We continue to think that in 2021 the vast majority of people will be best off putting money into index funds, month in, month out – and in 2022 and beyond, too.

If the past year has taught us anything, it’s that speculation can be dangerous for your wallet, and much else besides.

From Monevator

From the archive-ator: New London skyscrapers are a big bet on the City of London’s future – Monevator


Note: Some links are Google search results – in PC/desktop view you can click to read the piece without being a paid subscriber. Try privacy/incognito mode to avoid cookies. Consider subscribing if you read them a lot!1

Islington records UK’s highest house price growth of 2020 at 13.4% – Guardian

Study finds companies can prosper with a four-day week – Guardian

UK investment platforms raise alarm on misleading adverts [Search result]FT

If history is any guide, the value factor should outperform from here – AQR

Products and services

Brexit: what are consumers’ rights on holidays, banking, and more? – Guardian

What the Brexit deal means for your finances: travel, property, pensions, and bank accounts – ThisIsMoney

Cost of annual travel insurance expected to surge post-Brexit – ThisIsMoney

Sign-up to Freetrade via my link and we can both get a free share worth between £3 and £200 – Freetrade

Flat pack, rising prices: Ikea furniture is now collectable – Guardian

Grand castles and houses for sale, in pictures – Guardian

Comment and opinion

“This year I finally learned that work alone is not enough to sustain me”Guardian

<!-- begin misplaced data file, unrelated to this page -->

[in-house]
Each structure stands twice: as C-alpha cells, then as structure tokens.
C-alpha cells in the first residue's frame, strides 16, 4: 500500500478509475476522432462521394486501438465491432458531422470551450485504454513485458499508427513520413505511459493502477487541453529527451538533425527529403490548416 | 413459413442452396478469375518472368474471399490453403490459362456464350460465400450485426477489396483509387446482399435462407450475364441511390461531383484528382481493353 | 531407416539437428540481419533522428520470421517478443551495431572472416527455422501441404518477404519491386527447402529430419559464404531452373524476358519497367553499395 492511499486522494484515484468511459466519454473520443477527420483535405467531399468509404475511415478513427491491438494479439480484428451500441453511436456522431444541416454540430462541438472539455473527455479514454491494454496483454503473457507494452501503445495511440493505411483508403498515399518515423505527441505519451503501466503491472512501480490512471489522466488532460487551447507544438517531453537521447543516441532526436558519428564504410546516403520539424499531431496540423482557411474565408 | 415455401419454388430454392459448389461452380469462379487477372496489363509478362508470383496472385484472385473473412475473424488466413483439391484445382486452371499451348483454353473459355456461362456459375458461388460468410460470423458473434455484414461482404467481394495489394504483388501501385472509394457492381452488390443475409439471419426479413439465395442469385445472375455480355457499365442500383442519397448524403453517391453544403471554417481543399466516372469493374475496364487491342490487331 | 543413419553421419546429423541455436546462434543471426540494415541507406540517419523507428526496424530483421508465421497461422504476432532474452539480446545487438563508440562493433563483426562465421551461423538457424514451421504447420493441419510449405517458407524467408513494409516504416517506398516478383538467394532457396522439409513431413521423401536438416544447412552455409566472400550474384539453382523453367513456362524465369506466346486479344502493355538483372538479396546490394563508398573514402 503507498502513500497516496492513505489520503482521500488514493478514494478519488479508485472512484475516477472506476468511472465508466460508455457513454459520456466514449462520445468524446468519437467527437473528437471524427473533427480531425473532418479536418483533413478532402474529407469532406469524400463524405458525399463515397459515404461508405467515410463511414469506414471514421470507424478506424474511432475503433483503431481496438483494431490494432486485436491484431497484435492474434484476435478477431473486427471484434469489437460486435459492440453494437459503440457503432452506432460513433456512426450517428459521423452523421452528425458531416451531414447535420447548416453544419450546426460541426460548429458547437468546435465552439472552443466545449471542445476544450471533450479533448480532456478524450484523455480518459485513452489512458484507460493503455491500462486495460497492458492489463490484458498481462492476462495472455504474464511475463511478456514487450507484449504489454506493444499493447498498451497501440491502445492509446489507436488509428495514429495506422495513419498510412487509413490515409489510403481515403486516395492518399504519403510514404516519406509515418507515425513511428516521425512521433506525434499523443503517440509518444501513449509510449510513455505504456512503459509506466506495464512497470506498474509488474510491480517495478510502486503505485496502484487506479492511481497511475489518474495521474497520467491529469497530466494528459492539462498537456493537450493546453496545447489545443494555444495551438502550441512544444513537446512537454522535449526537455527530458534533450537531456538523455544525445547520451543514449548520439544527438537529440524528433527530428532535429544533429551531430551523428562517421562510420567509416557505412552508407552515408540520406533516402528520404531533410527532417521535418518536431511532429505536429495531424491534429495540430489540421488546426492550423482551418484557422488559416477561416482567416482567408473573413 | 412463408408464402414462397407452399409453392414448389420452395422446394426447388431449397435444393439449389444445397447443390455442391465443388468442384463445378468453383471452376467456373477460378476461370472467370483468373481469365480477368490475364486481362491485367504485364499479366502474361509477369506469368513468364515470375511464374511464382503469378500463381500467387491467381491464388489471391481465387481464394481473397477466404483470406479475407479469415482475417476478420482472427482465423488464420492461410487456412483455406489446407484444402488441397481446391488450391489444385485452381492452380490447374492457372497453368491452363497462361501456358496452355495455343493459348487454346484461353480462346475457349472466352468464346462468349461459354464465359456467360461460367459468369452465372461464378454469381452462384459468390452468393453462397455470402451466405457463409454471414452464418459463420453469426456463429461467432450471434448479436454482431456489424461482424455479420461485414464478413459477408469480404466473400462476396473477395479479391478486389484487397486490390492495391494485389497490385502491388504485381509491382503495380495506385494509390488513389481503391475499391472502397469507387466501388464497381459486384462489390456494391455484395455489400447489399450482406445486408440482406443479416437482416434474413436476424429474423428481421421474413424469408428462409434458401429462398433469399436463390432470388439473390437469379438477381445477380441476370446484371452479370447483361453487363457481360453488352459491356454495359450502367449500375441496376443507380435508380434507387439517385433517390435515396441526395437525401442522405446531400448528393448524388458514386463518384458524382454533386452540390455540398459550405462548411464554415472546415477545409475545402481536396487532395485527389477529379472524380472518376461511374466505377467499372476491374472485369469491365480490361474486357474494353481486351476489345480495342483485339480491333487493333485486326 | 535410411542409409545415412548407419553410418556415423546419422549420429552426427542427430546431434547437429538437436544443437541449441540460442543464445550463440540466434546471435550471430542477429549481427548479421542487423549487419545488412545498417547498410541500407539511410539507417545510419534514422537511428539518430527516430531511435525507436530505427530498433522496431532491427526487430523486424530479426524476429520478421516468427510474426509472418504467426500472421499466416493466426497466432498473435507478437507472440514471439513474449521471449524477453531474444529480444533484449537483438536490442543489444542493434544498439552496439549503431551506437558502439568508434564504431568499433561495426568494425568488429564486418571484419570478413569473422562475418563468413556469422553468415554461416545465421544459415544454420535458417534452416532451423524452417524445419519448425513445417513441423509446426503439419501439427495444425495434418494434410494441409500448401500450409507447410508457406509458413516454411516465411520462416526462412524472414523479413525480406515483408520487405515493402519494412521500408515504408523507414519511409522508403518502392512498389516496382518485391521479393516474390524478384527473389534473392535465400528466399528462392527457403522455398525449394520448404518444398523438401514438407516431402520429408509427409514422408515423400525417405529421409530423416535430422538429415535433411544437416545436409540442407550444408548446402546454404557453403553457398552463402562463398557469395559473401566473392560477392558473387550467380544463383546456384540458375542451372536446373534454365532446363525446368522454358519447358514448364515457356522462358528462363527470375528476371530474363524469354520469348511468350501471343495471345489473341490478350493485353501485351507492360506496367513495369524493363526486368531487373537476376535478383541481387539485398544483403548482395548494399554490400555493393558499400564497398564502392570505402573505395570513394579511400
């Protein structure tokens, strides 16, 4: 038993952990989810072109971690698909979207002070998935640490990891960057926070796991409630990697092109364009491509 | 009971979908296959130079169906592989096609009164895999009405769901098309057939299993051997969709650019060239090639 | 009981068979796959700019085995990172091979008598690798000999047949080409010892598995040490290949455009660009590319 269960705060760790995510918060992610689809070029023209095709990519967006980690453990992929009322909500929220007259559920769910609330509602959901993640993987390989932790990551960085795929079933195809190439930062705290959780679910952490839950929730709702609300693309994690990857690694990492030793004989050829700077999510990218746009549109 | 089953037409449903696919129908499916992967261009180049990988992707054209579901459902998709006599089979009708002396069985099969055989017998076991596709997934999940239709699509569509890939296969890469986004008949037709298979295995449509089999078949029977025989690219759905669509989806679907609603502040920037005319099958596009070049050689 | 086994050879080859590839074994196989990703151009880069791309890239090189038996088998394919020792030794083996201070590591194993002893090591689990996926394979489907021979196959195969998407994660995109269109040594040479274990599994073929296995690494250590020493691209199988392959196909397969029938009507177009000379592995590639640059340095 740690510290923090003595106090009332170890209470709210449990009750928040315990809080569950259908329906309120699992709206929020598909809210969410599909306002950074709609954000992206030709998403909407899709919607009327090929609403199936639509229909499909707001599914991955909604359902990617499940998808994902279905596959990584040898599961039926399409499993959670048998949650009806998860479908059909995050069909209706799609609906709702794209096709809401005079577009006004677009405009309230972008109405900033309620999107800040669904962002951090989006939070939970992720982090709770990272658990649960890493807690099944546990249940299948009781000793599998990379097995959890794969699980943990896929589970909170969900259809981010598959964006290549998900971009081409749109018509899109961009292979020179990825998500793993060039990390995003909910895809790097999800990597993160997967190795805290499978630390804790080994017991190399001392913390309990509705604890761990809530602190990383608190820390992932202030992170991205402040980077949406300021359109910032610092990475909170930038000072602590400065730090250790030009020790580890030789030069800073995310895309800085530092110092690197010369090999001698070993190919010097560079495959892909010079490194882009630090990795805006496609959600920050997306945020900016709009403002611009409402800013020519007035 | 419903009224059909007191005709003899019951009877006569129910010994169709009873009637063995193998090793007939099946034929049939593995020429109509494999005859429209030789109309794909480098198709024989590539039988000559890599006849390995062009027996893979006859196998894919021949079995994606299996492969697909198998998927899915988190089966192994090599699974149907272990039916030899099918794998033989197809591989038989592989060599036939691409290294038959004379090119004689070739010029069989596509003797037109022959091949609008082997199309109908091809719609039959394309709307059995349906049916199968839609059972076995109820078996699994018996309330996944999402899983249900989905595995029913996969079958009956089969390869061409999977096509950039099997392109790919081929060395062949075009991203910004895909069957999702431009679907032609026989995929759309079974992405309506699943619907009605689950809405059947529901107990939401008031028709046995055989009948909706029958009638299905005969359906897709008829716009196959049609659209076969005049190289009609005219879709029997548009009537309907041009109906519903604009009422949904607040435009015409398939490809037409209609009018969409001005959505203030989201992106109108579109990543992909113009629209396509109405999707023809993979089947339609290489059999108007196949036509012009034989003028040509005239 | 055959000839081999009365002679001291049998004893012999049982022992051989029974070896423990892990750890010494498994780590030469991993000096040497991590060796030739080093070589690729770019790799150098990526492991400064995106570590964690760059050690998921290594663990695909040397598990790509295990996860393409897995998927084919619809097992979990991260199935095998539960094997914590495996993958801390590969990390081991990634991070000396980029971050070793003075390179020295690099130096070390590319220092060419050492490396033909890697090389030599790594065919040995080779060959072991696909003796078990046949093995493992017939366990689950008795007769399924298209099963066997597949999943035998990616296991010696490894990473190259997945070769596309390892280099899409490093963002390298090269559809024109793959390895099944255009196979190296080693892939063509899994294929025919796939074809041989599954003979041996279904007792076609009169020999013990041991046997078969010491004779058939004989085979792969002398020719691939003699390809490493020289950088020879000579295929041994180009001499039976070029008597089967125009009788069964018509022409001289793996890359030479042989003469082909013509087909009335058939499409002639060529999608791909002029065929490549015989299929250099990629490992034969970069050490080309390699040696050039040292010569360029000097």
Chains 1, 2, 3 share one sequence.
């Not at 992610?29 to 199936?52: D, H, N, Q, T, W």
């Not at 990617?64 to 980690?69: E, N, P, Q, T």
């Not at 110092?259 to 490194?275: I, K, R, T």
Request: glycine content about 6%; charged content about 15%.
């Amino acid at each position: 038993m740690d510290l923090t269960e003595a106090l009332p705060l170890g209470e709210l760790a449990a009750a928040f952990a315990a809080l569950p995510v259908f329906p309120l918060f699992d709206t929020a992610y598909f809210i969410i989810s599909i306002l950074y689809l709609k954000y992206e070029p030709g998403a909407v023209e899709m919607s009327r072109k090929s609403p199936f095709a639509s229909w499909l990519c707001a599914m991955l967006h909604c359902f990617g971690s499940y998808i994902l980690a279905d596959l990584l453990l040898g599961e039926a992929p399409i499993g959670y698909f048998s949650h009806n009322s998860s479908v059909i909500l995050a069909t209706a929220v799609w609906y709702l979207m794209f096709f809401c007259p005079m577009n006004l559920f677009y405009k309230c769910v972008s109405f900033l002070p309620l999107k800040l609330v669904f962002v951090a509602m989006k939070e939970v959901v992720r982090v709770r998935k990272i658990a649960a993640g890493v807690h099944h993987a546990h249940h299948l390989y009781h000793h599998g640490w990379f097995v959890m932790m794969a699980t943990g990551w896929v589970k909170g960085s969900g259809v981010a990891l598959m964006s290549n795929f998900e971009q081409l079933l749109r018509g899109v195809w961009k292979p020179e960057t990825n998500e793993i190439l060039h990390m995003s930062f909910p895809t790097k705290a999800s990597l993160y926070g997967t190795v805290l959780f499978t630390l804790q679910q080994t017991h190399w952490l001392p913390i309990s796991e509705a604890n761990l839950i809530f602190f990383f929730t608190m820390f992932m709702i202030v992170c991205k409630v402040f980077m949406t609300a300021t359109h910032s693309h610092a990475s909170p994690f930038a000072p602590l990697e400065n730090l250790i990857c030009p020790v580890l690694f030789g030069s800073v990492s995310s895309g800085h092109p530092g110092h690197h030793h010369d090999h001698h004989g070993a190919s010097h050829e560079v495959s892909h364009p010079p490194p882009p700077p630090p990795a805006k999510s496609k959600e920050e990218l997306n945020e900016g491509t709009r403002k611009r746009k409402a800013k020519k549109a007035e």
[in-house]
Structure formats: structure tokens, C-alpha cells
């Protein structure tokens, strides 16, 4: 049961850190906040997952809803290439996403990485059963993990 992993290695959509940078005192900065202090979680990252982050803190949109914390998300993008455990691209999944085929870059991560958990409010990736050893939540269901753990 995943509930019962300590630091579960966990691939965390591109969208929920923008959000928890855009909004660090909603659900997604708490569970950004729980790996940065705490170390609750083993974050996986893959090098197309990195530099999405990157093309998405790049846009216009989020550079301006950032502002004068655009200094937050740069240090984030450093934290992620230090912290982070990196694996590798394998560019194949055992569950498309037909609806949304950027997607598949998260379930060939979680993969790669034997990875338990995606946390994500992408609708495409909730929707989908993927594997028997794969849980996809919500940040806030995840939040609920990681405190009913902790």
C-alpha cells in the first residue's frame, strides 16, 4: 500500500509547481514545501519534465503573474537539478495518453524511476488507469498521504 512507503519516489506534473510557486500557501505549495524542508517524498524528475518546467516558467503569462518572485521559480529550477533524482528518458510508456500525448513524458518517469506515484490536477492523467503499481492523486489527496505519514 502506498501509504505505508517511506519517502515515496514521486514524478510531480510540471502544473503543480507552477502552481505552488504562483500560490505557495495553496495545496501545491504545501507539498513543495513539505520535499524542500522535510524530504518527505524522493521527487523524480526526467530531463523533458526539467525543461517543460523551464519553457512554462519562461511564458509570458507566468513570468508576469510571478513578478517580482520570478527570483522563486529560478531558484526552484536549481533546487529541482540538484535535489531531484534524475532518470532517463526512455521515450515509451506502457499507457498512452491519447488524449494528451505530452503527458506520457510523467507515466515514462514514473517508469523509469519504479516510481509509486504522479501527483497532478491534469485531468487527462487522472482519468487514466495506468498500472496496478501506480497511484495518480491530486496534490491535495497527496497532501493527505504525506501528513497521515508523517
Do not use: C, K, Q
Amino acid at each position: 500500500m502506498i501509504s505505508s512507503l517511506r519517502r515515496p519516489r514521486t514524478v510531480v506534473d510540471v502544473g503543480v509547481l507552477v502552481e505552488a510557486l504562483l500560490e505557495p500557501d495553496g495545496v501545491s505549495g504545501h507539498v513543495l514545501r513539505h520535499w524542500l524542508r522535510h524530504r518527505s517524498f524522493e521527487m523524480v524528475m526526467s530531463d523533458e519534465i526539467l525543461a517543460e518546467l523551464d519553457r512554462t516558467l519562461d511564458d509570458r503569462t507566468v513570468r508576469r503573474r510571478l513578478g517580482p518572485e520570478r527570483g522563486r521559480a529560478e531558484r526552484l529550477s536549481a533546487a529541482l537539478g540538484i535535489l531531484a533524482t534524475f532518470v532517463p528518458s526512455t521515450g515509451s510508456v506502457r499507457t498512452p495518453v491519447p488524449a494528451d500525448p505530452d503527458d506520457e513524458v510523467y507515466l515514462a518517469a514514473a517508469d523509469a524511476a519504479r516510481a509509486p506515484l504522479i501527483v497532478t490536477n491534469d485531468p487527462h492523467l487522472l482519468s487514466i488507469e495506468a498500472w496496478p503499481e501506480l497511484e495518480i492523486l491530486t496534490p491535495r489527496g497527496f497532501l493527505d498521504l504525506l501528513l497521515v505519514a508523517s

Leave a will, not a financial mess – The Evidence-based Investor

Too thrifty? – Humble Dollar

Type I and Type II charlatans – A Wealth of Common Sense

What money can buy – Humble Dollar

A theory of (almost) everything [Passive investing ‘distorting’ the market, part gazillion; Search result]FT

When an asset goes out of style – Abnormal Returns

Should you buy an all-time high? – Of Dollars and Data

Josh Brown and Patrick O’Shaughnessy: The coming custom indexing tidal wave [Podcast] – via aCast

Why are there interest-free deals for everything now? – The Atlantic

RIT has moved to Australia – Retirement Investing Today

A new content aggregator for personal finance blog fans – Sovereign Quest

Naughty corner: Active antics

Lock it in – The Belle Curve

Promotion: Attention naughty active investors! Hargreaves Lansdown has published its popular five shares and five funds to watch in 2021.

A crowdsourced hedge fund fizzles in an era of democratized finance – Bloomberg via MSN

“Why I’m not selling Bitcoin”The Irrelevant Investor